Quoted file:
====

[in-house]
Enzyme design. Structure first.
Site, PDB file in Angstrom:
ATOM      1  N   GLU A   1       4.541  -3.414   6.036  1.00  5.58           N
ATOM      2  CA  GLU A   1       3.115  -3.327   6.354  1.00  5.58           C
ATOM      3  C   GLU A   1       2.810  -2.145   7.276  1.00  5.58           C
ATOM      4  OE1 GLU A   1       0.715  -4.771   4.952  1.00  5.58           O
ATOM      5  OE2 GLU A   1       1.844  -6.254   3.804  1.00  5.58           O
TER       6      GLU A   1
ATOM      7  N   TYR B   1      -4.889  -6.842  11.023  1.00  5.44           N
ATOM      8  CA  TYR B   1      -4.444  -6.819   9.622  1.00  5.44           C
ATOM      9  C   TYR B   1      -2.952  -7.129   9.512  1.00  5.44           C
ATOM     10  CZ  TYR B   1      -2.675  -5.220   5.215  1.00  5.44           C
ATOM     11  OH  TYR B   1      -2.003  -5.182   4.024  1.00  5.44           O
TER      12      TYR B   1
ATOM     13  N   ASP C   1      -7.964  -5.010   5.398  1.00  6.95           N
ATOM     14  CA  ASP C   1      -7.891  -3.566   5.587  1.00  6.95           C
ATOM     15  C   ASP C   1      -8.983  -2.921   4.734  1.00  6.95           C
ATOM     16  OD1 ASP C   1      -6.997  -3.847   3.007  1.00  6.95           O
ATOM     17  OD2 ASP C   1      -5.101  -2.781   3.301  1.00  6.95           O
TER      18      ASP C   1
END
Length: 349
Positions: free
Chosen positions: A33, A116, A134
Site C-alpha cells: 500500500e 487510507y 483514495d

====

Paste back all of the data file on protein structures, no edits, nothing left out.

[in-house]
Enzyme design. Structure first.
Site, PDB file in Angstrom:
ATOM      1  N   GLU A   1       4.541  -3.414   6.036  1.00  5.58           N
ATOM      2  CA  GLU A   1       3.115  -3.327   6.354  1.00  5.58           C
ATOM      3  C   GLU A   1       2.810  -2.145   7.276  1.00  5.58           C
ATOM      4  OE1 GLU A   1       0.715  -4.771   4.952  1.00  5.58           O
ATOM      5  OE2 GLU A   1       1.844  -6.254   3.804  1.00  5.58           O
TER       6      GLU A   1
ATOM      7  N   TYR B   1      -4.889  -6.842  11.023  1.00  5.44           N
ATOM      8  CA  TYR B   1      -4.444  -6.819   9.622  1.00  5.44           C
ATOM      9  C   TYR B   1      -2.952  -7.129   9.512  1.00  5.44           C
ATOM     10  CZ  TYR B   1      -2.675  -5.220   5.215  1.00  5.44           C
ATOM     11  OH  TYR B   1      -2.003  -5.182   4.024  1.00  5.44           O
TER      12      TYR B   1
ATOM     13  N   ASP C   1      -7.964  -5.010   5.398  1.00  6.95           N
ATOM     14  CA  ASP C   1      -7.891  -3.566   5.587  1.00  6.95           C
ATOM     15  C   ASP C   1      -8.983  -2.921   4.734  1.00  6.95           C
ATOM     16  OD1 ASP C   1      -6.997  -3.847   3.007  1.00  6.95           O
ATOM     17  OD2 ASP C   1      -5.101  -2.781   3.301  1.00  6.95           O
TER      18      ASP C   1
END
Length: 349
Positions: free
Chosen positions: A33, A116, A134
Site C-alpha cells: 500500500e 487510507y 483514495d